[¶ 4] The parties obtained a divorce in 1979 but remarried nine months later. They separated again in 1985 and Carol moved to Florida. Donald bought the condominium that Carol was renting and later bought another condominium on Key Biscayne. While Carol was living in Florida, Donald paid all of her expenses. He sent her $450 per week, and on the last week of every month sent her a check for $1400. He also provided her with a credit card and medical insurance. Donald stopped sending money to Carol after she filed for the divorce, asserting that he had run out of money; the last three or four checks that he sent to her came out of the funds from his home equity loan.
[¶ 5] Donald made several property transfers after Carol filed for divorce. He transferred the Eustis property to their son in October 1994, ostensibly to avoid the reach of creditors. The gift tax return stated that the property's value was $217,000. Donald testified that he sent a copy of the conveyance to Carol prior to the transfer and when she did not respond he completed the transfer. In June 1995 Donald sold one of the rental properties on Carleton Street in Portland for $150,000, and another unit on Harrison Street for $75,000. According to Donald, Fleet Bank requested that he sell those properties and apply the proceeds to the mortgages. At the time, Donald was trying to get a line of credit from Fleet Bank.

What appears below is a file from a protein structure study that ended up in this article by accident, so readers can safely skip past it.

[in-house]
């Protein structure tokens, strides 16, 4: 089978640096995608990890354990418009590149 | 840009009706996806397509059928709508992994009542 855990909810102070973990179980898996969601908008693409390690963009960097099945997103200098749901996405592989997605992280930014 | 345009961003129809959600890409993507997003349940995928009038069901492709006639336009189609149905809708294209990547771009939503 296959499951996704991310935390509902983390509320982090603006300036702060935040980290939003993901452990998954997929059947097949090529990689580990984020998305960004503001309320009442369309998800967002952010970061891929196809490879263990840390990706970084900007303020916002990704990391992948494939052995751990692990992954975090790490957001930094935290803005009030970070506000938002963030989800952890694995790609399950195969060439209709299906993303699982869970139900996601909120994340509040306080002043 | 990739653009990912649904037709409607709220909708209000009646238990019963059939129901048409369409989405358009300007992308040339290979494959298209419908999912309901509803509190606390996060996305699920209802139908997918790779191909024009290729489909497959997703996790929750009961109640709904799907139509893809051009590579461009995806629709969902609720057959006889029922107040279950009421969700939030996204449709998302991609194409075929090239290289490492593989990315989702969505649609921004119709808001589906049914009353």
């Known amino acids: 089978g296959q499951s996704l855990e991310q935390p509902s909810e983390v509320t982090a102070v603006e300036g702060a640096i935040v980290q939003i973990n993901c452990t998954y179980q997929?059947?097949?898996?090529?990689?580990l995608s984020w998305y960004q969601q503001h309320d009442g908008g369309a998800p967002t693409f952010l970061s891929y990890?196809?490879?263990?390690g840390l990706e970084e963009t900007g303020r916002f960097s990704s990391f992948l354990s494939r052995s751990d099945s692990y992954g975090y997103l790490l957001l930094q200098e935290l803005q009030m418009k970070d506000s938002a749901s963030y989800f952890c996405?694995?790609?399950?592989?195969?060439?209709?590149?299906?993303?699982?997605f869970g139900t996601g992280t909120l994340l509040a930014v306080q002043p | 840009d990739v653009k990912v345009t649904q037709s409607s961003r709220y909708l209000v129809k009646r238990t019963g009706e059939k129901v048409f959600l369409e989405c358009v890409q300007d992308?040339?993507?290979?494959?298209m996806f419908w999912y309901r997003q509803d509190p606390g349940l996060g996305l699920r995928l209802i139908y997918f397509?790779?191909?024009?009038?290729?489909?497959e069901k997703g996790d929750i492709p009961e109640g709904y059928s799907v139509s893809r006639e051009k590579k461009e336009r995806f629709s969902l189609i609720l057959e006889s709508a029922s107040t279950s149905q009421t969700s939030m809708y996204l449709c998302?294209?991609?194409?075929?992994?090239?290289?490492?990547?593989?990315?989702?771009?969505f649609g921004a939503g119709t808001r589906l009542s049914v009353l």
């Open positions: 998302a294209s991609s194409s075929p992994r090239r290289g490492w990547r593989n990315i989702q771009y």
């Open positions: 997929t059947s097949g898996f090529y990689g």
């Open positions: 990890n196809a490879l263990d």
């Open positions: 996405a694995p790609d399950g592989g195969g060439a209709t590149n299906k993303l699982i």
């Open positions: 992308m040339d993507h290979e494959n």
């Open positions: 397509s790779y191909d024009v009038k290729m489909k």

[¶ 6] At the divorce hearing, Carol presented a personal financial statement dated June 1995 that Donald submitted to Fleet Bank in his attempt to obtain financing. The statement included values for Donald's assets including real estate, stocks, accounts, notes receivable, life insurance, and personal property, and also listed his liabilities. Some of the values provided in the statement were based on Donald's own estimates while others were based on prior appraisals. According to Donald, he prepared the statement himself without the aid of an accountant because Fleet Bank told him it needed a statement as a formality and was going to independently appraise the property. Donald testified that the statement “was a very optimistic, hopeful, desperate attempt to keep financing going.”